Here’s an author interview with Rob Matthews. Take it away, Rob…
- How did you start writing erotica?
My wife, Tina, is American and we live in the US for most of the year. But I also teach in a language school in London. I started writing her erotic letters while we were apart. I became fascinated by erotica because it’s a very difficult genre to write in. It’s as hard to write as good comedy. People falling over all the time is not enough to make something funny. And lots of throbbing members and thrusting buttocks do not automatically make something erotic. As George Orwell said, ‘If there were easy money to be made out of dirty words, a lot more people would be making it.’
- What’s your favourite published work of yours and why?
I’m very happy with Come Home With Us. It’s the story of a married couple, Rob and Tina (guess where I got those names from). They love each other very much but Rob can’t satisfy Tina in bed. They’ve always enjoyed fantasising about Tina having sex with other men. Tina has her eye on the gorgeous Steve in her office and sees the chance to make it happen in real life. They soon discover that fantasy and reality are two very different things. I like it because it’s about real people with real feelings. They go through the full gamut of love, excitement, jealousy, anger and sadness.
- What erotic authors do you enjoy reading?
Alex Hathaway is great. Her From Housewife to Cuckoldress was a big inspiration for me. She understands the importance of character development in making a story erotic. It’s not enough to know that two people are having sex. We need to know who they are and why they’re having sex. That’s when the real eroticism starts.
- Do your nearest and dearest know what you do, and if so, what was their reaction when they found out?
I was worried about telling my family, but I couldn’t keep quiet about a three book deal! My dad said, ‘Congratulations.’ My mum said, ‘When can we read them?’ to which my answer was, ‘You can’t.’ Don’t get me wrong, I’m very proud of Come Home With Me, but there are some things you can’t share with your eighty year old parents.
- What was your ideal career when you were a child?
It changed all the time. Whenever I learnt anything, I immediately wanted to do it professionally. When I learnt tennis, I wanted to win Wimbledon. When I learnt the guitar, I wanted to front a rock band. But I had to face the fact that I’d never be Pete Sampras or Johnny Marr. So I decided to be a teacher and a writer – two things I believe I can do at a high level.
- How do you get yourself in the mood to write?
A few years ago, I spent four days in New Jersey, having my power within unleashed by Tony Robbins. One of the techniques he taught us was how to get into a peak state. If you’re feeling tired or out of sorts, crank up your favourite music, jump up and down, punch the air and shout, ‘Yes! Yes! Yes!’ Your neighbours will think you’re having sex, but that’s okay. Do that for five minutes and you’ll be in the mood to write or take on any other challenge.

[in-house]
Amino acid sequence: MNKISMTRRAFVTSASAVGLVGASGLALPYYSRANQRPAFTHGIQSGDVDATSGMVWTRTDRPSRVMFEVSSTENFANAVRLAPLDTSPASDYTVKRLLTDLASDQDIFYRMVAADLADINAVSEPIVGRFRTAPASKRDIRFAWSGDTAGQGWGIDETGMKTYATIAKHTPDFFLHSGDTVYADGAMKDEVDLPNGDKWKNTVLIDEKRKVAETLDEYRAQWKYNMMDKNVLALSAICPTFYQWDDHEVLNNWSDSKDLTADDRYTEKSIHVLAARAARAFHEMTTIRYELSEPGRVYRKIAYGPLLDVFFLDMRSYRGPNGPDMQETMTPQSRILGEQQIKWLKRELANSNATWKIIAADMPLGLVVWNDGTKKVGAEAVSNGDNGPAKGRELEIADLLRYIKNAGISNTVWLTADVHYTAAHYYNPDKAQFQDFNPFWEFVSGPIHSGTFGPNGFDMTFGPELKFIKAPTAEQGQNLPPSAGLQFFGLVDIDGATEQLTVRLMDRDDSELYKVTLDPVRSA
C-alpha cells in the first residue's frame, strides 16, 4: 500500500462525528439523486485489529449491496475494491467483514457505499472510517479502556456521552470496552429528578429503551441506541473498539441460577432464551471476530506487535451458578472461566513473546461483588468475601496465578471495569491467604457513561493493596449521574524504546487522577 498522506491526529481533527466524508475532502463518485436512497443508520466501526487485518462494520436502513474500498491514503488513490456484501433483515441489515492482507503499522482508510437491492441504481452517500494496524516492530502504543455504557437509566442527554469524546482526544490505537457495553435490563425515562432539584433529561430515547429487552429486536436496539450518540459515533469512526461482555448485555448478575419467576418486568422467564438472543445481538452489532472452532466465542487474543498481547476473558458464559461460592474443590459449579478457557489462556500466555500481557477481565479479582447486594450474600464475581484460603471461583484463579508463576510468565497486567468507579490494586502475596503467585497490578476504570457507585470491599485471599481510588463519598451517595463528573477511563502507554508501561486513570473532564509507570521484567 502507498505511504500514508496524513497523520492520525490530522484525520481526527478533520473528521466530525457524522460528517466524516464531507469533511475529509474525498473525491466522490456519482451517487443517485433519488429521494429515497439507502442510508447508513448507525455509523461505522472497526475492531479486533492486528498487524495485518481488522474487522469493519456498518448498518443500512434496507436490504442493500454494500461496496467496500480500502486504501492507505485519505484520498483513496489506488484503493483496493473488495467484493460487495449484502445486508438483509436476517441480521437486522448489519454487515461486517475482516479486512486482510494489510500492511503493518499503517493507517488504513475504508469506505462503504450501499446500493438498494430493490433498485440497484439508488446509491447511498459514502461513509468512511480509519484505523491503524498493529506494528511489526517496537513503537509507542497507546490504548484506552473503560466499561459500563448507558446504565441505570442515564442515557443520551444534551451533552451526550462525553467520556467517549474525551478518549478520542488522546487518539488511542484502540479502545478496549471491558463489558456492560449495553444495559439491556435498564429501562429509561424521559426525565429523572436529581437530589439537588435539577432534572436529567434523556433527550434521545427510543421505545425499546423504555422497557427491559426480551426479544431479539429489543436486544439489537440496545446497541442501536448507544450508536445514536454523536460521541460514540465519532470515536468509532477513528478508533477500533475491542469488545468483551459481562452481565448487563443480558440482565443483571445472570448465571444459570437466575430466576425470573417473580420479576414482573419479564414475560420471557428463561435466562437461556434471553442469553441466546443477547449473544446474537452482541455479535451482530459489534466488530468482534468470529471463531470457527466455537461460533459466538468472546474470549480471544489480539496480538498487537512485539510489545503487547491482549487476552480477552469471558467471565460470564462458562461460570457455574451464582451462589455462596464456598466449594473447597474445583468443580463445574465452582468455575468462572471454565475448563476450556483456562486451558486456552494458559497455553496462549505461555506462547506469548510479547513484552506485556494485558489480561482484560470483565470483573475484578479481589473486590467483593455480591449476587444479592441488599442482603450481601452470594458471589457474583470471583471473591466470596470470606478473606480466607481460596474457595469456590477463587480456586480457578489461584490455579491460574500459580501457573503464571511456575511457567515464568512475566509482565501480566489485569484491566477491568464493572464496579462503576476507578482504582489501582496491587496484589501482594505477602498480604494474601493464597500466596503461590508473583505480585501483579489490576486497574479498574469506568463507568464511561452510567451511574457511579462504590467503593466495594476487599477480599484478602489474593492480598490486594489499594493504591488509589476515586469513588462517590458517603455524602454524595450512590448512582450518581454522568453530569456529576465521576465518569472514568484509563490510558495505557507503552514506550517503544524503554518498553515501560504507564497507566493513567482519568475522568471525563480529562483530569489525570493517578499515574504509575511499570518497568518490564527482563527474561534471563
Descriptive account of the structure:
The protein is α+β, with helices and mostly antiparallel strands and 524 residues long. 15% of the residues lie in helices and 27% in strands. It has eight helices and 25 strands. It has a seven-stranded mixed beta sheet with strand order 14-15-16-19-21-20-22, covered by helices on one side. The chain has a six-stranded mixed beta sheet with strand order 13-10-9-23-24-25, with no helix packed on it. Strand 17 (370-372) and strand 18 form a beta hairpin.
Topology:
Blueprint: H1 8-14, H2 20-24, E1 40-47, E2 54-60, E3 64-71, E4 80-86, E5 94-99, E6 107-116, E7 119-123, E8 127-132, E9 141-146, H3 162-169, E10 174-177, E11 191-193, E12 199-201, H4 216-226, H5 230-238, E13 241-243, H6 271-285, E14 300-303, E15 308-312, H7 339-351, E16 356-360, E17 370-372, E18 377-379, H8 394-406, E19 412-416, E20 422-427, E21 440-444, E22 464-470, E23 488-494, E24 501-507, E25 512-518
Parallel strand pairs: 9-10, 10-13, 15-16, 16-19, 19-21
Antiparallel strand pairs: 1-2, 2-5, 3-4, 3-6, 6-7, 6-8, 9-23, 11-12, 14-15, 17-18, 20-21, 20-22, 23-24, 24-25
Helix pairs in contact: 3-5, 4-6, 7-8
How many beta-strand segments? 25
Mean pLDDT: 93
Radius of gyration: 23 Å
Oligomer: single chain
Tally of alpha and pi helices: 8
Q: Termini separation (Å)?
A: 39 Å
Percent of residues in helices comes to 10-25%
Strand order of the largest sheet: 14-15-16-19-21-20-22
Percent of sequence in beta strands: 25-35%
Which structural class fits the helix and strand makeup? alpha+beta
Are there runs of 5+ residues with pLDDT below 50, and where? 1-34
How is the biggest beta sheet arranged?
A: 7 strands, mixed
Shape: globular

- What’s the best writing tip you’ve ever been given?
I’ve always liked the Ernest Hemingway quote, ‘The first draft of anything is shit.’ I remember this every time I start thinking, ‘Why am I even bothering? This is rubbish.’ I would say to all writers: keep going, get the first draft written and then start polishing it. It’s in the rewrites that the magic happens.
- If you get writer’s block when you’re writing, how do you get around it?
Taking our dog for a walk always clears my head. And sometimes, I take five minutes off to watch something on youtube. My favourite is a film reviewer called the Nostalgia Critic. Watching him is a break from writing, but it’s also useful. When he hears tin-eared dialogue in a movie, he shouts, ‘Who talks like that?’ If I hear this line in my head while I’m writing, I know I’ve done something wrong.
- Which author, erotic or otherwise would you love to meet and why?
Can I cheat and choose a dead writer? I’d love to meet PG Wodehouse. His Right Ho, Jeeves is the most perfect book I’ve ever read. It tells an intricately constructed story in a series of brilliant comic scenes. It sounds like the narrator is just rambling on but really not a single word is wasted.
- What are you working on at the moment?
Come Home With Us is the first part of A Cuckold Odyssey. I’m working on part two at the moment. It takes the jealousy to a new level as Tina realises she might not be the hottest wife in town anymore.
- What’s the biggest writing challenge you’ve ever taken on? Did you succeed?
Last September, my editor at Fanny Press asked me if I could deliver part two by the first of July this year. Getting a whole book written, re-written and ready to submit in less than a year is proving to be a challenge. Did I succeed? I’ll let you know on the second of July. But it’s going very well so far and everything’s on course.